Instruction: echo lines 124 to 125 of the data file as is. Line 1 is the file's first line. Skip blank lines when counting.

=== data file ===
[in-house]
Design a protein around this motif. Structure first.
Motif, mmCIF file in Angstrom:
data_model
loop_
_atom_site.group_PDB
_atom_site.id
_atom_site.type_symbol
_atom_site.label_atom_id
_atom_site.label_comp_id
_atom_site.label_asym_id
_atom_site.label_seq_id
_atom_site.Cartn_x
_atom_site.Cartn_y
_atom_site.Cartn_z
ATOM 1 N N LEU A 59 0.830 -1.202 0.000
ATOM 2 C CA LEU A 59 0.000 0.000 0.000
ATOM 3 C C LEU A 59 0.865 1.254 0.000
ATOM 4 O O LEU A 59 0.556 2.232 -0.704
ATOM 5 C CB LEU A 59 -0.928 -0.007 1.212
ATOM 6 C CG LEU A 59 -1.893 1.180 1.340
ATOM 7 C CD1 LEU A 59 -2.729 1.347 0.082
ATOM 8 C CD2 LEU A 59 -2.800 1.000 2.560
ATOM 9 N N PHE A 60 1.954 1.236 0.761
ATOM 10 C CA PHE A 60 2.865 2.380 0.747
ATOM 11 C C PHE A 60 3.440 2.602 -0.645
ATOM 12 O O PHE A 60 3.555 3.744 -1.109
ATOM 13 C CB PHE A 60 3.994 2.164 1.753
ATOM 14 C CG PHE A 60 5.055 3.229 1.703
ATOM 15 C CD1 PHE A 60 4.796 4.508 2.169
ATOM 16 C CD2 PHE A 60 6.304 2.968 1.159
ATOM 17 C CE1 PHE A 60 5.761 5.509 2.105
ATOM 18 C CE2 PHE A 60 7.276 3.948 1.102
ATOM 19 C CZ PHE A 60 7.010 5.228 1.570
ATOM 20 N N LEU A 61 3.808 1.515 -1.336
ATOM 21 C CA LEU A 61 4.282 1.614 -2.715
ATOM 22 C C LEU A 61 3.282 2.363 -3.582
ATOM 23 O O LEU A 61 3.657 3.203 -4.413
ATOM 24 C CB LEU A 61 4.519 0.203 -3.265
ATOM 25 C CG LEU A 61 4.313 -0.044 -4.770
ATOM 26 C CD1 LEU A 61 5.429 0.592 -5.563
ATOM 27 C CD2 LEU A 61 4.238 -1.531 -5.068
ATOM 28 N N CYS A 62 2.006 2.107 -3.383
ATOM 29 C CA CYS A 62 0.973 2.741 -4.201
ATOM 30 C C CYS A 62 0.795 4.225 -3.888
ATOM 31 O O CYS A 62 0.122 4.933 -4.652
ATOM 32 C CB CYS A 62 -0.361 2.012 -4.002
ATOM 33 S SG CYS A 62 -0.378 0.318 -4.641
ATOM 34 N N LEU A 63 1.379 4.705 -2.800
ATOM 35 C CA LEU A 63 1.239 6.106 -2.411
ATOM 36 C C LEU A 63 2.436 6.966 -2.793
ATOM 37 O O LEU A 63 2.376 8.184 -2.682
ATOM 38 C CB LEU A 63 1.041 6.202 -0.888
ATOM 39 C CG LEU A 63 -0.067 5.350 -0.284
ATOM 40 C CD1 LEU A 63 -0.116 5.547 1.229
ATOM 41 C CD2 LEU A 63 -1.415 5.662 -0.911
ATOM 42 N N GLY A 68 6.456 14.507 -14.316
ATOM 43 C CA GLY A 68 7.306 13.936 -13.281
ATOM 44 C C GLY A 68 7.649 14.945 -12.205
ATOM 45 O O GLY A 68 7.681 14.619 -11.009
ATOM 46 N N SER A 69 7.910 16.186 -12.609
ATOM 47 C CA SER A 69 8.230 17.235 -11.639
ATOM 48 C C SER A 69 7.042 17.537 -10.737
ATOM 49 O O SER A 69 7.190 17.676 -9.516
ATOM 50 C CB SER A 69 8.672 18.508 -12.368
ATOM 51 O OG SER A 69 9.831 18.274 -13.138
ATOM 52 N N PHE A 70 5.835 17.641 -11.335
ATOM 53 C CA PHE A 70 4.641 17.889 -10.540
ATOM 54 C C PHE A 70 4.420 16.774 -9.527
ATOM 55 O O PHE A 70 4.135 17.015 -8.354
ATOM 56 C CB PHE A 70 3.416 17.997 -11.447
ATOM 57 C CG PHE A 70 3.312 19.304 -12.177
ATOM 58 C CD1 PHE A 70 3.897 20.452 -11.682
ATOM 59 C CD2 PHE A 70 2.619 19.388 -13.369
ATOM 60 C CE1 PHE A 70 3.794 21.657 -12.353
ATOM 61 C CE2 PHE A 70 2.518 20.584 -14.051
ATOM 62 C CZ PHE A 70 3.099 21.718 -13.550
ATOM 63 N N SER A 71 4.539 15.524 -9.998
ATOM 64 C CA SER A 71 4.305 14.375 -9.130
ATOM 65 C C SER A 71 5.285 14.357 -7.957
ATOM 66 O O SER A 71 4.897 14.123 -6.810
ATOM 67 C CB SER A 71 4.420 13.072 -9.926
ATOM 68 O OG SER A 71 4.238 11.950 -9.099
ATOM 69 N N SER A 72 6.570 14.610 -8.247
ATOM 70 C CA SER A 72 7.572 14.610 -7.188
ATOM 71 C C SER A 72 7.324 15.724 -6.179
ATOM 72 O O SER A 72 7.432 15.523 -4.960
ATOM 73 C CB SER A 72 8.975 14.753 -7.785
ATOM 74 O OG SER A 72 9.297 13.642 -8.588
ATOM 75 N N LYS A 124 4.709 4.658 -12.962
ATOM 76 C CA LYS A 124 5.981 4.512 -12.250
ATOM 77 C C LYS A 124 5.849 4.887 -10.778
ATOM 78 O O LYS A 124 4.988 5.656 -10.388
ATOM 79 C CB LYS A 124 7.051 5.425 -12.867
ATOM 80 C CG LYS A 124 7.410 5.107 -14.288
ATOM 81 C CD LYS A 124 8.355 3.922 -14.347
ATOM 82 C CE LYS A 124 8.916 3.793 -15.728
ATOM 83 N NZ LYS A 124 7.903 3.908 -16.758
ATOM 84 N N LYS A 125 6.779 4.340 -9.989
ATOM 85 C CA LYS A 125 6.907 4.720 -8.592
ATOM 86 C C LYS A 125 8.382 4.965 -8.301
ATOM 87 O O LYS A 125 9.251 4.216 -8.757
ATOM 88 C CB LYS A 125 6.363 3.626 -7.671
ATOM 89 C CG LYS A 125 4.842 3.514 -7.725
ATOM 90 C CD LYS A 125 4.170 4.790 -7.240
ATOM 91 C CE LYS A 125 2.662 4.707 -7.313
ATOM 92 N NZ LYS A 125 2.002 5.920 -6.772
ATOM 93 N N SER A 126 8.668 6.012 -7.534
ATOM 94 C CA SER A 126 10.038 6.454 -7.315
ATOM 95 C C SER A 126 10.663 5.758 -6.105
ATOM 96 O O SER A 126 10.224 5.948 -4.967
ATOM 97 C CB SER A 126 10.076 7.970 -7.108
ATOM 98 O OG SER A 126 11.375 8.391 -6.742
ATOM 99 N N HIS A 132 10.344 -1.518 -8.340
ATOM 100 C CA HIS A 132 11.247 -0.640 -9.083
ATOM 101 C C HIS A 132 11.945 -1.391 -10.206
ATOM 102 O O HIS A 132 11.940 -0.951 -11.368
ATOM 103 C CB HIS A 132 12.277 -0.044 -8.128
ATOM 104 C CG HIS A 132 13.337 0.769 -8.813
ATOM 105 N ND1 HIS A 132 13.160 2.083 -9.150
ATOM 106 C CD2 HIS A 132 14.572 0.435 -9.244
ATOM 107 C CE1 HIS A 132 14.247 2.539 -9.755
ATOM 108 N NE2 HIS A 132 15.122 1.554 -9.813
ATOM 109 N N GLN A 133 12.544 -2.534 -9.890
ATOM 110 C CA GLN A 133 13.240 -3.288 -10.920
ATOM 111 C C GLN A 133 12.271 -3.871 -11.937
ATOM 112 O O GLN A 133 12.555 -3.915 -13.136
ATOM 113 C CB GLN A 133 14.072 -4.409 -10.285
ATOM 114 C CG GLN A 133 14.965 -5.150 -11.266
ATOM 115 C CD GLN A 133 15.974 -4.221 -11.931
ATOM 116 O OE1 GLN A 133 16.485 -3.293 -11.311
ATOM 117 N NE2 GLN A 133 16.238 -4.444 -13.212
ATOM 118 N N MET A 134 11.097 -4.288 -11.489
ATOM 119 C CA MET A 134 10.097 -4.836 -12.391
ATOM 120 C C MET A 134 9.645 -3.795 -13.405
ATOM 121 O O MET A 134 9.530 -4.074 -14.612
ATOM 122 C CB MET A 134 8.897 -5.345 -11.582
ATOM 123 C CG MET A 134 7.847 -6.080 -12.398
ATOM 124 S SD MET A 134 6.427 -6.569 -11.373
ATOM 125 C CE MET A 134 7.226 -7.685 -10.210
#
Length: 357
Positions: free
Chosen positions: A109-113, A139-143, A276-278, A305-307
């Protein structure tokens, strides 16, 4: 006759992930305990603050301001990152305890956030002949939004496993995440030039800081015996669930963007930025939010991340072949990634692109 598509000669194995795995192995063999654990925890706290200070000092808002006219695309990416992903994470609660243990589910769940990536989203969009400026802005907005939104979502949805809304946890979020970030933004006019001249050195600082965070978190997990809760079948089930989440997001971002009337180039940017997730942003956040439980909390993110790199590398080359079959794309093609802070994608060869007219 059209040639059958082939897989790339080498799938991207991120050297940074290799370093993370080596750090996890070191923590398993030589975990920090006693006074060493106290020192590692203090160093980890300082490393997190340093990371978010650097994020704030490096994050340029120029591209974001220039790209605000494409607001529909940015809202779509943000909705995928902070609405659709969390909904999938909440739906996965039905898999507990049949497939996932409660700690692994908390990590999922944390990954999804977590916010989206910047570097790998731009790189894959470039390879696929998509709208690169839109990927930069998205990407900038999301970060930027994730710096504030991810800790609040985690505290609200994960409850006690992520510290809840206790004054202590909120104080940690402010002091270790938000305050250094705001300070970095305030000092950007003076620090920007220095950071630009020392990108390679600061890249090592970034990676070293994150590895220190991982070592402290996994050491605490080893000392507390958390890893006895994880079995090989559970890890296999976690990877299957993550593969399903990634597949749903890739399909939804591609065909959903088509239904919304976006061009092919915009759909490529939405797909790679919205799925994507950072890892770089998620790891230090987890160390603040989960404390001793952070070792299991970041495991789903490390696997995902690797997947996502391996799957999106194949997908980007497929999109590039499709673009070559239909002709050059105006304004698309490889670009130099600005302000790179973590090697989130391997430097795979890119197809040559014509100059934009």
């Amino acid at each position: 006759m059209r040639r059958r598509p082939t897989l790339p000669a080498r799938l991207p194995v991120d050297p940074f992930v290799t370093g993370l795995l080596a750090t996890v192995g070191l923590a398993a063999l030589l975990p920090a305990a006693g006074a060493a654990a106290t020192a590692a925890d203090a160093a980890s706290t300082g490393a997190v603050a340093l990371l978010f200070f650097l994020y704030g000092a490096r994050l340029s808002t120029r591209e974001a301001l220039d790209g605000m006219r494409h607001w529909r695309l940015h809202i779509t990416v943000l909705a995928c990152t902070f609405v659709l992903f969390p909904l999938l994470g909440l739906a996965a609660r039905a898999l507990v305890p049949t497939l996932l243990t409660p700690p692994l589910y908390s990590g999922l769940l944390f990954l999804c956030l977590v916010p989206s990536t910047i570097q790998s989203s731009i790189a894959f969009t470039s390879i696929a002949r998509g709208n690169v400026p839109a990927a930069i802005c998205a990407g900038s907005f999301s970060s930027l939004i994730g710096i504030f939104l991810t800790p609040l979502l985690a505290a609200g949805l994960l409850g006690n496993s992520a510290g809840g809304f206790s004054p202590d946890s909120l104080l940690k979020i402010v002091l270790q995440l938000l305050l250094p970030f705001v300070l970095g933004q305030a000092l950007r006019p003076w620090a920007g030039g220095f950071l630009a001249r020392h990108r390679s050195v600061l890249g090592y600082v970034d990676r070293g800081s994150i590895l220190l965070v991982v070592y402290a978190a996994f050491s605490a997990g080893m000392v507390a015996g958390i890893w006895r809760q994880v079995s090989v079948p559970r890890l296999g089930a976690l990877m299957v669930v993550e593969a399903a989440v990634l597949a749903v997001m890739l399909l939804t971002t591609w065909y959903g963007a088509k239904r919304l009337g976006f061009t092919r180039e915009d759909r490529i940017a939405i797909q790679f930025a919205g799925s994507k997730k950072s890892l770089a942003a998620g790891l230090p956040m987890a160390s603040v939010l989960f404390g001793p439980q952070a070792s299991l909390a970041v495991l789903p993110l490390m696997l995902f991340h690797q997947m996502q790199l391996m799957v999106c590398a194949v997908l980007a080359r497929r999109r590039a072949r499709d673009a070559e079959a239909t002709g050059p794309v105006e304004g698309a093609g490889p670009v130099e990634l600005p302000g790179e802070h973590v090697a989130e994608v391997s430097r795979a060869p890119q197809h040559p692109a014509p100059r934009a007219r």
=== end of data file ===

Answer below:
ATOM 109 N N GLN A 133 12.544 -2.534 -9.890
ATOM 110 C CA GLN A 133 13.240 -3.288 -10.920